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North Carolina Department of Environment Quality

NC Department of Environment and Natural Resources
Marine Fisheries - Northern District

Marine Fisheries

Northern District Fishing Report —
Dare, Hyde, Currituck and Beaufort Counties

8-point rule

 

Contact: Brian Melott (Brian.Melott@ncdenr.gov)

For the week of May 15-21

Ocean: Offshore catches out of Hatteras continued to be bountiful and varied. Billfish hookups significantly increased. Both blue and white marlin hookups came in regularity, along with a few sailfish. Dolphin of all sizes and citation-sized blackfin tuna were caught on almost all trips, as were a few wahoo. Bottom fishing in deep waters produced triggerfish, blueline tilefish and an assortment of grouper. Nearshore anglers had nice catches of red drum of all sizes, cobia and, occasionally, Atlantic bonito. Anglers fishing out of Oregon Inlet had plenty to be happy about, as well. Some caught their limits of dolphin and yellowfin tuna. A few bigeye tuna, weighing around 130 pounds, were also seen, and billfish catches improved. Nearshore anglers continued to focus effort on cobia with very good success. Catches of flounder, kingfish and red drum improved, as well.

Inlets/Sounds/Bays: Anglers fishing in the sound behind Hatteras regularly caught their limits of weakfish. There were also moderate catches of bluefish in the 1-to-2-pound range, along with kingfish and spot. Fishing in the more northern areas produced a few cobia. Spotted seatrout catches decreased a bit but legal-sized fish were caught in most cases with only few undersize trout reported. Inside catches also included red drum, flounder, croaker, kingfish, pinfish, pigfish and undersized striped bass.

Piers/Shore: Coastal fishing from north to south was moderate, and no species stood out. From Avon southward, big chopper blues were caught in the surf, as were small, 1-to-2-pounders. Additionally, anglers caught red drum and kingfish in low to moderate numbers. Catches along the northern beaches were more consistent. Anglers caught large, citation size kingfish, small bluefish and spotted seatrout. Timing was the most important factor to success, because the fish showed for short-term visits. Pier fishermen also caught sea mullet on a semi-regular basis, and striped burrfish, puffers, pigfish, pinfish, skates and assorted rays kept poles bending when little else was available.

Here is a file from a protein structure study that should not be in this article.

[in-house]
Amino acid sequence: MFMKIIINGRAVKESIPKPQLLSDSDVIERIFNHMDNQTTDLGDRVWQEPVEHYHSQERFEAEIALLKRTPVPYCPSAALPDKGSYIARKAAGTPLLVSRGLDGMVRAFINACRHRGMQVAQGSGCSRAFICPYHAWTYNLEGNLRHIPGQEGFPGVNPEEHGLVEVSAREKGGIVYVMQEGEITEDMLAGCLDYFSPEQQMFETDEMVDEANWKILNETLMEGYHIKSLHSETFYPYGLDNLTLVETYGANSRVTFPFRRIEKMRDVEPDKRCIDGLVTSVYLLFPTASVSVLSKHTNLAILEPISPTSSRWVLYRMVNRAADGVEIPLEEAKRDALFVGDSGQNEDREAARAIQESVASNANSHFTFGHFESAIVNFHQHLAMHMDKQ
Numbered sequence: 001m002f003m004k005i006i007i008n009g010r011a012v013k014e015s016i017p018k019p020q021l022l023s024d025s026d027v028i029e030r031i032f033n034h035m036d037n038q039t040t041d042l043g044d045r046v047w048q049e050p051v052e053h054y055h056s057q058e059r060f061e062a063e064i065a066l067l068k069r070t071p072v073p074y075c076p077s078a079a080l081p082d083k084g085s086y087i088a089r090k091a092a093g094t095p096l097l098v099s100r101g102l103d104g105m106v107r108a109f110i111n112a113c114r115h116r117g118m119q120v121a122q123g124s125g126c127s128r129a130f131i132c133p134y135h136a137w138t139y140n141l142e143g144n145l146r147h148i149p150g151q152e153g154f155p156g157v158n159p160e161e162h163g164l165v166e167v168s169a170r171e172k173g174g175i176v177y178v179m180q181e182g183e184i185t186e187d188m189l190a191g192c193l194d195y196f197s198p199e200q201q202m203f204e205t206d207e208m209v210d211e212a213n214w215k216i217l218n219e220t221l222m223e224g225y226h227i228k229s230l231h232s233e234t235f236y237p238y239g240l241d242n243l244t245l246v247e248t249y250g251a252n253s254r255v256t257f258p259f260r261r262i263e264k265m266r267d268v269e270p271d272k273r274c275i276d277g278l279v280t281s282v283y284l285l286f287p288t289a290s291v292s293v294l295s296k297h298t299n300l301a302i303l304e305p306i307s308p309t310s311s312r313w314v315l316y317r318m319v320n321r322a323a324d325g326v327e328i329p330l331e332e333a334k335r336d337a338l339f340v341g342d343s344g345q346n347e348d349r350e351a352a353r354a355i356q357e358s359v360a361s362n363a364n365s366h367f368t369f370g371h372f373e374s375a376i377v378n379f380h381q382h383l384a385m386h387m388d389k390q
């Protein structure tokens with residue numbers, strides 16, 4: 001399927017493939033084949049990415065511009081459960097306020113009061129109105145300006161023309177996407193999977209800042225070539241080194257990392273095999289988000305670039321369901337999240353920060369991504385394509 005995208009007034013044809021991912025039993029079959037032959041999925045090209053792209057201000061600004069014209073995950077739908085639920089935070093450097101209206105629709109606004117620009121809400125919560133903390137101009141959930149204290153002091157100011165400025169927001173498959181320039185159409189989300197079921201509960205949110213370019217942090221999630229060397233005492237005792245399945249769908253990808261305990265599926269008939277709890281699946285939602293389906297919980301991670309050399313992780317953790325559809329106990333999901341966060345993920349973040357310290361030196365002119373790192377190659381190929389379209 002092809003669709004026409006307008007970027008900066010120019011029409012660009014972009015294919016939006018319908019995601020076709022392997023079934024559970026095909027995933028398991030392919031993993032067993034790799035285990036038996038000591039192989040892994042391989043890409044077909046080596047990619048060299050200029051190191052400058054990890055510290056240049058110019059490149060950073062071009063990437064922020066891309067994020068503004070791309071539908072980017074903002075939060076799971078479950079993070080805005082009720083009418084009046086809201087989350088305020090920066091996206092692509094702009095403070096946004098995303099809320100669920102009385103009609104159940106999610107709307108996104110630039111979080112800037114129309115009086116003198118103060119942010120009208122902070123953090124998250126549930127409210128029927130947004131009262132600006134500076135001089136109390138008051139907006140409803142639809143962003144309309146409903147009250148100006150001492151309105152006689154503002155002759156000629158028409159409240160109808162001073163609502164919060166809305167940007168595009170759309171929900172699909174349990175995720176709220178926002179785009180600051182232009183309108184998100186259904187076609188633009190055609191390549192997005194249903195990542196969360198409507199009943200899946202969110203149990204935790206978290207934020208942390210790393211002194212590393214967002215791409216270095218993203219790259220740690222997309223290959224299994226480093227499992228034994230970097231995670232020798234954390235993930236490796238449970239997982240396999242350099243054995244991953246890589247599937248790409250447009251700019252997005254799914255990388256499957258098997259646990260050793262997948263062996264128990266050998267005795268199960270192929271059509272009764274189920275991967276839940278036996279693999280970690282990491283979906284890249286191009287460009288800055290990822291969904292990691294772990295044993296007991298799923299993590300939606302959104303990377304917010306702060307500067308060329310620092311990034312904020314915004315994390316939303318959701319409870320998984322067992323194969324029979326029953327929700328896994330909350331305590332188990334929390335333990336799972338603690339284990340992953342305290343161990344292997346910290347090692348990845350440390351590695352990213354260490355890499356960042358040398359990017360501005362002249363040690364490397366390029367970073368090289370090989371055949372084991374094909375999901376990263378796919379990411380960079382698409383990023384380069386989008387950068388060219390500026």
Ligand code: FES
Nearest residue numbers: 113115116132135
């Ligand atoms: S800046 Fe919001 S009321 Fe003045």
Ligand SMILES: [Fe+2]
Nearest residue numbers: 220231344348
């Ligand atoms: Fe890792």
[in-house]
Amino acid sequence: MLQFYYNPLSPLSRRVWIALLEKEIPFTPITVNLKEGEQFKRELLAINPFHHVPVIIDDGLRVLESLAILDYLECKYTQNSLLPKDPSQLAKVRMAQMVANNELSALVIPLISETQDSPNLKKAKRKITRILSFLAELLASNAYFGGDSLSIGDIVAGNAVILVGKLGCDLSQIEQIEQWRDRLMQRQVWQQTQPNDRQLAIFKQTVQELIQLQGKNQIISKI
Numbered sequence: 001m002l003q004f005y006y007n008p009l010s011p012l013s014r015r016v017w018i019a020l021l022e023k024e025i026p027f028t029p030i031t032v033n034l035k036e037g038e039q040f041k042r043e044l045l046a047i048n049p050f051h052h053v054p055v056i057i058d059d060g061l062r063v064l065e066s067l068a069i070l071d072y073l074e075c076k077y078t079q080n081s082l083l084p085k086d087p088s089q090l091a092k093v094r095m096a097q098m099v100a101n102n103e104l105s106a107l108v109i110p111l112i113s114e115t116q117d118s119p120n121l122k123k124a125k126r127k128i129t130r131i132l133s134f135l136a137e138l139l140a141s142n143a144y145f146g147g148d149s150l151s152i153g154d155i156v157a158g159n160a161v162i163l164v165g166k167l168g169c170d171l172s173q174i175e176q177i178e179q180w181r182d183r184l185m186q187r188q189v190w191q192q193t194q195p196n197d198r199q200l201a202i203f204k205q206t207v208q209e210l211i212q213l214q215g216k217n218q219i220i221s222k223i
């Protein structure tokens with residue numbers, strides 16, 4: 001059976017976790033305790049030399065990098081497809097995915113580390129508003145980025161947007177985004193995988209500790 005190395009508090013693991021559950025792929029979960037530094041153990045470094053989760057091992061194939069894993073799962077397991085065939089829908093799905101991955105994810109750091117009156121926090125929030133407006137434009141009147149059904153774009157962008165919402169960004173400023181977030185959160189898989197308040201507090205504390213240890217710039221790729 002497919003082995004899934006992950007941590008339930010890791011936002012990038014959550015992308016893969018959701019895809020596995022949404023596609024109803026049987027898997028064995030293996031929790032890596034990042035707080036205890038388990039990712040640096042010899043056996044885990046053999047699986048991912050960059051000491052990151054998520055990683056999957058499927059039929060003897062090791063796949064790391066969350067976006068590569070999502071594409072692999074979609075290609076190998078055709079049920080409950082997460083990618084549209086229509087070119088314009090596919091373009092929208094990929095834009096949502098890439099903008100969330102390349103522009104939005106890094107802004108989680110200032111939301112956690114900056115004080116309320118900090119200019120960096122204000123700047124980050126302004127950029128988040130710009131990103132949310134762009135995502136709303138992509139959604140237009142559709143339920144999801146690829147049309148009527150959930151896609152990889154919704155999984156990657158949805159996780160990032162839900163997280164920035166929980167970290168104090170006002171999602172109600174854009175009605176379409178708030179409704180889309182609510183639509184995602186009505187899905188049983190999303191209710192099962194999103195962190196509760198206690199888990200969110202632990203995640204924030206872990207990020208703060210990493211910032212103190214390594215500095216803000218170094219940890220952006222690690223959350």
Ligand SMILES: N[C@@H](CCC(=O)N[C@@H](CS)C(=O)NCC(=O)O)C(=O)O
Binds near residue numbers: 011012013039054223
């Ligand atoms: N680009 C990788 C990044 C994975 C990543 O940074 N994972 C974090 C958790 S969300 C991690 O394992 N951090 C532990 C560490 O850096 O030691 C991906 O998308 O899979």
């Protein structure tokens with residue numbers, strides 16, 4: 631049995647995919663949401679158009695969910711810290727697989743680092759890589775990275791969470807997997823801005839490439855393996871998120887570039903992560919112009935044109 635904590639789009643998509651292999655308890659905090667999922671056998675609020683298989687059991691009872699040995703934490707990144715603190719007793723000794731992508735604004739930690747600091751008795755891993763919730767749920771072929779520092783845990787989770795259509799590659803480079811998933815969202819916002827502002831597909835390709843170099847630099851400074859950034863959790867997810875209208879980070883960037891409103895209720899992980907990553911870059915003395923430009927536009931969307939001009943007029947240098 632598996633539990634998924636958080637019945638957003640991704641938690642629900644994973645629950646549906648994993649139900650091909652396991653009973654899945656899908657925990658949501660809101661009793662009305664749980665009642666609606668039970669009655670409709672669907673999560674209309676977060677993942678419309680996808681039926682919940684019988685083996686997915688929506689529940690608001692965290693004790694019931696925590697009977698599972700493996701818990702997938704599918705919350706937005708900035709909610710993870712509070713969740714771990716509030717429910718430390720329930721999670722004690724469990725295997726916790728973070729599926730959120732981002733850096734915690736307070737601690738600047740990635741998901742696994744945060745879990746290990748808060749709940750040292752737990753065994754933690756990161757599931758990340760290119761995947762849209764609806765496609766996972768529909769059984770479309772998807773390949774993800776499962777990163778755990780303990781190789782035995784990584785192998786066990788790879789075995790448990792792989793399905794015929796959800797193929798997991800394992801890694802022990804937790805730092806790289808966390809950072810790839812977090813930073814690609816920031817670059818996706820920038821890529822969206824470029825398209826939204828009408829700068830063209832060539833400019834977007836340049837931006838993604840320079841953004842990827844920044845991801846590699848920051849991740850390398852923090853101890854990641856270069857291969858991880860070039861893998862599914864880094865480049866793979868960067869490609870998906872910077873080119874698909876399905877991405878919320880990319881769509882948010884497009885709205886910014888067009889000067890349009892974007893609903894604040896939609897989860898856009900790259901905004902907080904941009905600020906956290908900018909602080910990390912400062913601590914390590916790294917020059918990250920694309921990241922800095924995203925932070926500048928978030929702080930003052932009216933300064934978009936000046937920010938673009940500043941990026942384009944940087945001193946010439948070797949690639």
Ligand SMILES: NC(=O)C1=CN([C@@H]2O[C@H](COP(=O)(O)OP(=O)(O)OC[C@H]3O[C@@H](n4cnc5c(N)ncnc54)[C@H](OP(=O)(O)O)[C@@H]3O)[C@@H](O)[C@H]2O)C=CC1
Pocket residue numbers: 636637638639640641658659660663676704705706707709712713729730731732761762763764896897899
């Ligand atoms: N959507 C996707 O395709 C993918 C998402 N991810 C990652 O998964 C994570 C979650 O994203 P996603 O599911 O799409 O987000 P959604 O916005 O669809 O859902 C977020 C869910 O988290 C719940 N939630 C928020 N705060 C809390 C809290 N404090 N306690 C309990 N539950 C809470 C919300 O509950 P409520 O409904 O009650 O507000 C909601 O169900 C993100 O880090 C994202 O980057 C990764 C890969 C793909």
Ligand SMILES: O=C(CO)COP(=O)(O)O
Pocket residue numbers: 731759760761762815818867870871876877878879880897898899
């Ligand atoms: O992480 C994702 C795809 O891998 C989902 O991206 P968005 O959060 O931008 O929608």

For the fishing year, all owners/operators of vessels recreationally fishing for and/or retaining regulated Atlantic Highly Migratory Species (Atlantic tunas, sharks, swordfish and billfish) in the Atlantic Ocean, including the Gulf of Mexico and Caribbean Sea, must obtain an Atlantic Highly Migratory Species Angling permit. This permit has replaced the Atlantic tunas Angling category permit. In North Carolina, additional Highly Migratory Species harvest reporting requirements are also in place. To obtain a permit go to: http://www.nmfs.noaa.gov/sfa/hms/compliance/permits_reporting/index.html

Report a tagged fish

Please note: Anglers sometimes confuse small king mackerel with Spanish mackerel. King mackerel and spanish mackerel have different size and catch limits. Make sure you properly identify the mackerel you are catching. (Tips here)

A recreational fishing license went into effect Jan. 1, 2007 for all of the state's coastal and ocean waters.

Click here for the latest seasons, size and bag limits.

Please note: New reports are usually posted by early Monday afternoon.

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N.C. Division of Marine Fisheries • 3441 Arendell Street • Morehead City, NC 28557 • 252-726-7021 or 800-682-2632

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